Medina — the second-holiest city for Muslims and the world’s number one safest city for solo female travellers. The Saudi Arabian city was rated first in a survey performed by InsureMyTrip, which collected data from several sources including World Economic Forum studies and The Georgetown Institute for Women, Peace, and Security.
Those researchers found Medina (which also goes by the Arabic spelling Madinah) at the top of the list of the world’s safest cities for lone female travellers, with a perfect 10/10 score in two categories. First, safety travelling alone at night, and second, lack of anxiety about gender-based assaults. The source also reached their results by investigating other lifestyle influences such as tourist quality, estimated Google ratings, and the number of postings each location receives on social media.
For Muslims, we are very much aware that Medina is a city held in high respect. It lies more than 400 kilometres north of Mecca, in western Saudi Arabia. Medina is not only embellished with breathtaking vistas but also holds several historical sites that one can visit either on a pilgrimage or for tourism.
That said, this openness is a fairly new development. And, like this lady who’s backpacked as a lone female traveller through Medina says, travelling here has its challenges. So, while yes, Medina is open to tourists (and they don’t have to be Muslim), this is a destination worth the effort only if you’re absolutely certain you wish to visit.
History of Medina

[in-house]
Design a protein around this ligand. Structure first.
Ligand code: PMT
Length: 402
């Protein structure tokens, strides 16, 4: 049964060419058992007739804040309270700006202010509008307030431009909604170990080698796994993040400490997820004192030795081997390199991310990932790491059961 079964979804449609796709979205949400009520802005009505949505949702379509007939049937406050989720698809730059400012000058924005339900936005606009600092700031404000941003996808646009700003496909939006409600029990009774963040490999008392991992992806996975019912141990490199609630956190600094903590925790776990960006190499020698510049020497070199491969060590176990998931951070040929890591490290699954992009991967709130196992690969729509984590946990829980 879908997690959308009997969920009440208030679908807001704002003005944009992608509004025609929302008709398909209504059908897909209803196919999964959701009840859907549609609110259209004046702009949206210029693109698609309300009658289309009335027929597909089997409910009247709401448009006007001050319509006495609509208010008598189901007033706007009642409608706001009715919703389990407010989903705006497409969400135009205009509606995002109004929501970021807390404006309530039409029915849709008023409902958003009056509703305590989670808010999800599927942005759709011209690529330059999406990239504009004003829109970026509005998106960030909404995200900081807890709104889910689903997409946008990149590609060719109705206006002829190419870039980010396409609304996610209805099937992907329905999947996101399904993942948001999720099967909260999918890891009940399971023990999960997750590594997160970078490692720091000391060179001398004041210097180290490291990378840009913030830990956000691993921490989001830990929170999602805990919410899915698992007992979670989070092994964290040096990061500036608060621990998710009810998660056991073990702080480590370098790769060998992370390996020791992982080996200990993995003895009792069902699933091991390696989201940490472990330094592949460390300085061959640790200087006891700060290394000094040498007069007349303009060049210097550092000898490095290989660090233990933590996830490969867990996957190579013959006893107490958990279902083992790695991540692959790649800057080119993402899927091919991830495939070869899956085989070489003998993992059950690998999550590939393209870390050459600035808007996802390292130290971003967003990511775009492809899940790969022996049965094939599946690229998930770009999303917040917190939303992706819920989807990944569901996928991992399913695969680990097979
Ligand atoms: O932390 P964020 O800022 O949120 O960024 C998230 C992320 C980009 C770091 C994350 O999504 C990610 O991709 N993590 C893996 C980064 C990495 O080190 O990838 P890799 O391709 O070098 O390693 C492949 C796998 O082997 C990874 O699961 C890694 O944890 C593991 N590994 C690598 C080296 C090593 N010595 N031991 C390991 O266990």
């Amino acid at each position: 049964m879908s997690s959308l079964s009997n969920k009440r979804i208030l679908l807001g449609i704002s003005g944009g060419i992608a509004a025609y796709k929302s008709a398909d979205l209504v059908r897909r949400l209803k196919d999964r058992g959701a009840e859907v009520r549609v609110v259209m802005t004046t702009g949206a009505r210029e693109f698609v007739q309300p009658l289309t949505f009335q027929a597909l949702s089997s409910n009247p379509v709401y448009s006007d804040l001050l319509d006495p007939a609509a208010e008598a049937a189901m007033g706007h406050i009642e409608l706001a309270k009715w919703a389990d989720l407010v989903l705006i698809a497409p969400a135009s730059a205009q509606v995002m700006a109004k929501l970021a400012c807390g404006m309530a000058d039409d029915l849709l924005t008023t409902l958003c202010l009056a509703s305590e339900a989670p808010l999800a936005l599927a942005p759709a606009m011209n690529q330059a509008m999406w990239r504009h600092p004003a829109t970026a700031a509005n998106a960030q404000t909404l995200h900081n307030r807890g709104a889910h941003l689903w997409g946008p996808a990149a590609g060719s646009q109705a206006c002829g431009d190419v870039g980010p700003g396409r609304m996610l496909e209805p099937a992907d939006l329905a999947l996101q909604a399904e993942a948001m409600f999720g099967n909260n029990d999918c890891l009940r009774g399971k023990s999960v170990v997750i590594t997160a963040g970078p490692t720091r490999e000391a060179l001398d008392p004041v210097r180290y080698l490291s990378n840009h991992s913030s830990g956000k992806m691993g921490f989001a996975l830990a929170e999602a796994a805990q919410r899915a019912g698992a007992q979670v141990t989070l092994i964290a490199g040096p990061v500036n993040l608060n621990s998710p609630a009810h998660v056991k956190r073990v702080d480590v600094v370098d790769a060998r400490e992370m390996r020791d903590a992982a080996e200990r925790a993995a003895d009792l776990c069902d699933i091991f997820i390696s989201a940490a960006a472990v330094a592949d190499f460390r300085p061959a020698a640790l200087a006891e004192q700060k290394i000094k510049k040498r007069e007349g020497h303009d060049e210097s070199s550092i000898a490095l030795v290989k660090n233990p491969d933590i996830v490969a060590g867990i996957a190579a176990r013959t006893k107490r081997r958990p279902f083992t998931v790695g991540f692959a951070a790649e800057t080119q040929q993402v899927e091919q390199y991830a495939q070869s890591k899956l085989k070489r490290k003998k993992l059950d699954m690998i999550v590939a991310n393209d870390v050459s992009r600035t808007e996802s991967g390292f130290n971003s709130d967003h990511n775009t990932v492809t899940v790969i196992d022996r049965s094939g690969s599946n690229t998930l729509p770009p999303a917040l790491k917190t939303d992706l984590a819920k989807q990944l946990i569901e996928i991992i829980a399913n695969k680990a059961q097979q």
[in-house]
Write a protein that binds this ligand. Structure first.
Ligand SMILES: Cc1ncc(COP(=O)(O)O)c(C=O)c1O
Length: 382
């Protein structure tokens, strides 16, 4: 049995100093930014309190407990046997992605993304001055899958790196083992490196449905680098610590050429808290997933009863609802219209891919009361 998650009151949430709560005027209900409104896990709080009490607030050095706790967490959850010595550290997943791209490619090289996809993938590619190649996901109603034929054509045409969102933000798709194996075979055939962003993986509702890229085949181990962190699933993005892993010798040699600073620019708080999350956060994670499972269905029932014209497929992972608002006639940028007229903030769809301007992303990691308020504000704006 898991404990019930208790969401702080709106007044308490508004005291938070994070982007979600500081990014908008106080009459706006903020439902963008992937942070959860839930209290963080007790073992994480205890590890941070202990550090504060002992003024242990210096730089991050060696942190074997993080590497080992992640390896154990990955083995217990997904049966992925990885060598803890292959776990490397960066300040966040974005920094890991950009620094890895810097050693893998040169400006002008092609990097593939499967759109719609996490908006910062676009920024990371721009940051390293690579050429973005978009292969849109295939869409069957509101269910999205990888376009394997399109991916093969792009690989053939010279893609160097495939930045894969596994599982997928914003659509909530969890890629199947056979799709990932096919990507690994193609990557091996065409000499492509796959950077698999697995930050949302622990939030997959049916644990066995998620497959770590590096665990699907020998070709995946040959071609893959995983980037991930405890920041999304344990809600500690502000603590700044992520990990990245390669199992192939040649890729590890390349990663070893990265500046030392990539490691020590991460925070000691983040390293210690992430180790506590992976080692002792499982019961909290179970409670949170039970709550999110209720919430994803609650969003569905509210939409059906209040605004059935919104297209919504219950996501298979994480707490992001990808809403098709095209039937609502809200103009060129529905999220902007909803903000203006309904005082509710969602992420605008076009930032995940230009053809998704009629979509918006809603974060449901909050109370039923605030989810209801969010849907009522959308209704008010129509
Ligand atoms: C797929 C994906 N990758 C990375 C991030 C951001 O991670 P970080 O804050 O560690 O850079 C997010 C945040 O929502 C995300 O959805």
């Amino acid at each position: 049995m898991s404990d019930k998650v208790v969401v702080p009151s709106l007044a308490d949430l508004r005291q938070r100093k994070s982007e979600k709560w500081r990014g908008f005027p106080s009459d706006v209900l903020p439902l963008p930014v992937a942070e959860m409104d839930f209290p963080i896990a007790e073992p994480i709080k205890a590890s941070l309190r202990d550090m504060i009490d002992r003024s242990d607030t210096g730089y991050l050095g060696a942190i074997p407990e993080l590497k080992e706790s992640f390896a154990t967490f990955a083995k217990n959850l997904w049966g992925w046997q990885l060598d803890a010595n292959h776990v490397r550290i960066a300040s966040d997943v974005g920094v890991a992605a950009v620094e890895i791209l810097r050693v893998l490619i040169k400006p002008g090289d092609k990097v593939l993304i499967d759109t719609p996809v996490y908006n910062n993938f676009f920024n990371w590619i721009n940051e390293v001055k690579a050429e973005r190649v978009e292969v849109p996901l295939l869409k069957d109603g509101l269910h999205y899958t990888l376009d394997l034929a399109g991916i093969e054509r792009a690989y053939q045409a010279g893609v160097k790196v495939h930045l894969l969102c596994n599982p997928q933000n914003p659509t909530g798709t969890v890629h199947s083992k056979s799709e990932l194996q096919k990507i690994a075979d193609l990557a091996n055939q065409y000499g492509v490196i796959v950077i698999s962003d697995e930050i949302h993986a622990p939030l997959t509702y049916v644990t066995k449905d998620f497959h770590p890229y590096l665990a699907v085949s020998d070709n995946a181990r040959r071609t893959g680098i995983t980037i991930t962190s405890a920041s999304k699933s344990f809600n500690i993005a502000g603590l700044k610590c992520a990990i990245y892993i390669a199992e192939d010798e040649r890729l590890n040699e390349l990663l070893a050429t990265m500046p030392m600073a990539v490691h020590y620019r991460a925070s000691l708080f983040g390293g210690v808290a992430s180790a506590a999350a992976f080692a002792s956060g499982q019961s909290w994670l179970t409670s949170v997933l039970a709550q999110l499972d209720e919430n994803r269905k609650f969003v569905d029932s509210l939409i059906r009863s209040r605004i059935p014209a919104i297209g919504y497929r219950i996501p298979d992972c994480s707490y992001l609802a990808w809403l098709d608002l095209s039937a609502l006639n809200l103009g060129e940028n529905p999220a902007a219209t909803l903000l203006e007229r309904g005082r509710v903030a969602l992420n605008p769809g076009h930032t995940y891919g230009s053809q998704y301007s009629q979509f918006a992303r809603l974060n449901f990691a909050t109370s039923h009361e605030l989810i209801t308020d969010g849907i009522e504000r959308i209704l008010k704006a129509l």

Before the emergence of Islam, this city was known as Yathrib. After Prophet Mohammad’s death, it was called Madinat an-Nabi meaning the ‘Prophet’s City’. Later, it was changed to al-Madinah al-Munawwarah, ‘The Enlightened City’. It is not only the fourth most populous city in Saudi Arabia, but it is also the capital of the Medina Province. Aside from its notable religious sites, the city has a lot to offer to any exploring traveller.
Undoubtedly, Medina is a fascinating destination for female vacationers due to its safety, mesmerising culture, and breathtaking views. But, before you enthusiastically book a flight there, here are a few essential things you should keep in mind.
1. Dress code
Female travellers from countries with a more open or less conservative culture may find Saudi Arabia’s dress standards intimidating, but you should remember that adapting to their culture is part of the journey.
Furthermore, policies are changing, so dress standards in Medina are less stringent than in the past, when women were legally forced to wear abayas or full-length gowns in public. These days, while you need to dress to conform, it’s not as daunting as it used to be.
The regulations governing female fashion have recently been changed. Foreign ladies are now given a bit more leeway. Women are still expected to dress modestly, which means they must cover their shoulders, arms, and legs, but they can now do it in a more fashionable way.
2. Language use
Of course, the people here speak Arabic — the official language of Saudi Arabia. But fret not. There are Saudis who speak English, or at least enough English to communicate effectively. Most traffic signs are also printed in both Arabic and English, making it easier for outsiders to navigate around. You can rest assured that English-speaking travellers like you can get through without learning any Arabic phrases, though speaking a few important local phrases will earn you a friend or two.
3. Public transport